Now that the United States has concluded that North Korea was responsible for the hack into Sony’s computers, it has begun to make noises about responding to that hack in some way. If the United States wants to make its response consistent with international law, how should it think about how to proceed?

Mike Schmitt posted an excellent analysis at Just Security that walks through how to characterize the Sony hack under international law. He argues persuasively that the hack would not rise to the level of an armed attack (which would trigger a U.S. right of self-defense) or even a use of force (though the FBI is now talking about “destructive cyber attacks,” and if the attack actually destroyed physical systems rather than just data I imagine the analysis might change). But he also illustrates how, even if the cyber action did not produce physical harm, the hack nevertheless violated the customary international norm of sovereignty. Mike details many of the options the United States has to respond to this violation, including the use of “countermeasures.”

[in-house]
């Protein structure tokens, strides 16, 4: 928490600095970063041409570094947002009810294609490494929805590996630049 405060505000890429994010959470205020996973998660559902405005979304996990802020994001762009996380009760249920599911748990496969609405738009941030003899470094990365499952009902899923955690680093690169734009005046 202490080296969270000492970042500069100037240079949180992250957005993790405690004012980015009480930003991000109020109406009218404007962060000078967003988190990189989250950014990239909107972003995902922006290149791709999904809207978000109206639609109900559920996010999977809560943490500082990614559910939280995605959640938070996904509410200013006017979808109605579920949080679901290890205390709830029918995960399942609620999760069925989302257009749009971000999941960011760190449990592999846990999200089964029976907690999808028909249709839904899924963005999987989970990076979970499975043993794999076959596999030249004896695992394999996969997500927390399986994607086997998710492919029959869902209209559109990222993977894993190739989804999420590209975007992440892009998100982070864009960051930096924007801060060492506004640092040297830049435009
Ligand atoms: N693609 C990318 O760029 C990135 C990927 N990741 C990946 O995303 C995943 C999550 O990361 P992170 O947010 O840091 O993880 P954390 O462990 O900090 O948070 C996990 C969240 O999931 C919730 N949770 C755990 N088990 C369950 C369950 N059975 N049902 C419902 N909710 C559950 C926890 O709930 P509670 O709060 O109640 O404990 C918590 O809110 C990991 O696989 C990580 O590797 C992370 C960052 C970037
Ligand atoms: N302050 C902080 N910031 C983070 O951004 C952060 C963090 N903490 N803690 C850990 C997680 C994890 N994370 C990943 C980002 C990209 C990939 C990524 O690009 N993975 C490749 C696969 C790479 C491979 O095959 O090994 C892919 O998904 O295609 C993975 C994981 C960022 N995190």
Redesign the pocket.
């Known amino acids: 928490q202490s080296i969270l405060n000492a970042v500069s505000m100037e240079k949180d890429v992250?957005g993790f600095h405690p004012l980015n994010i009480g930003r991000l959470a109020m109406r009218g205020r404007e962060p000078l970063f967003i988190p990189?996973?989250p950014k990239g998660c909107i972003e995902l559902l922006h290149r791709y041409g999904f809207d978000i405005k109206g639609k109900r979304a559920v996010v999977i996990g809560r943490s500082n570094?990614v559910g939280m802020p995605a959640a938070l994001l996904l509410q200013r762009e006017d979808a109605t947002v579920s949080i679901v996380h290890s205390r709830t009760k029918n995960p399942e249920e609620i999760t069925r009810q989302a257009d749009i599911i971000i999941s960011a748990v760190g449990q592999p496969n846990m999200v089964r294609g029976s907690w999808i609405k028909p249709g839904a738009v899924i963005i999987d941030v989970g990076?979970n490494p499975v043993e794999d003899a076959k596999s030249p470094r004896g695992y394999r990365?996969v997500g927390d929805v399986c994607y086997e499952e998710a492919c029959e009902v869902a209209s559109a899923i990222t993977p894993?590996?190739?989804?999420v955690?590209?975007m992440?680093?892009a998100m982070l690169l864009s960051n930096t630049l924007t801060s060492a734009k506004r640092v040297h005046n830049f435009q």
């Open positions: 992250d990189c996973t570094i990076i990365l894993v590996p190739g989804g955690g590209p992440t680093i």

Ashley S. Deeks, The Sony Hack: Will the United States Take Countermeasures Against North Korea?, Lawfare (December 19, 2014).